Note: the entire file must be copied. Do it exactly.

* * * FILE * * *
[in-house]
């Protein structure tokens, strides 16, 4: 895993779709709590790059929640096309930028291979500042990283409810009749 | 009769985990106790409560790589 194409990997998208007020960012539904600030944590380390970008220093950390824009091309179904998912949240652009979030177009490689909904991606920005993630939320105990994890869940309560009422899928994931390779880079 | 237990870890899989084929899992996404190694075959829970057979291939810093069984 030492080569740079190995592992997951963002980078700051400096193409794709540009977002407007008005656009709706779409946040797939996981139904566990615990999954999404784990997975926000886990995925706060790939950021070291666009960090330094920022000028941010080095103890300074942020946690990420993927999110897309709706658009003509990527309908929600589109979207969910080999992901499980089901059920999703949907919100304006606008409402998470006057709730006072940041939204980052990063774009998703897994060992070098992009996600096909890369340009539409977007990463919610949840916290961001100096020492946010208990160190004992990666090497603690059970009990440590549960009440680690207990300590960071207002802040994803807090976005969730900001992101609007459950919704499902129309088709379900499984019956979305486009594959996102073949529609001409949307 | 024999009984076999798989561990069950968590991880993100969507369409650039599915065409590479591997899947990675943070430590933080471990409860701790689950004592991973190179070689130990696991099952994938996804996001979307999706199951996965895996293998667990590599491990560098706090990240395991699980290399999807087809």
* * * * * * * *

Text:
[in-house]
């Protein structure tokens, strides 16, 4: 895993779709709590790059929640096309930028291979500042990283409810009749 | 009769985990106790409560790589 194409990997998208007020960012539904600030944590380390970008220093950390824009091309179904998912949240652009979030177009490689909904991606920005993630939320105990994890869940309560009422899928994931390779880079 | 237990870890899989084929899992996404190694075959829970057979291939810093069984 030492080569740079190995592992997951963002980078700051400096193409794709540009977002407007008005656009709706779409946040797939996981139904566990615990999954999404784990997975926000886990995925706060790939950021070291666009960090330094920022000028941010080095103890300074942020946690990420993927999110897309709706658009003509990527309908929600589109979207969910080999992901499980089901059920999703949907919100304006606008409402998470006057709730006072940041939204980052990063774009998703897994060992070098992009996600096909890369340009539409977007990463919610949840916290961001100096020492946010208990160190004992990666090497603690059970009990440590549960009440680690207990300590960071207002802040994803807090976005969730900001992101609007459950919704499902129309088709379900499984019956979305486009594959996102073949529609001409949307 | 024999009984076999798989561990069950968590991880993100969507369409650039599915065409590479591997899947990675943070430590933080471990409860701790689950004592991973190179070689130990696991099952994938996804996001979307999706199951996965895996293998667990590599491990560098706090990240395991699980290399999807087809």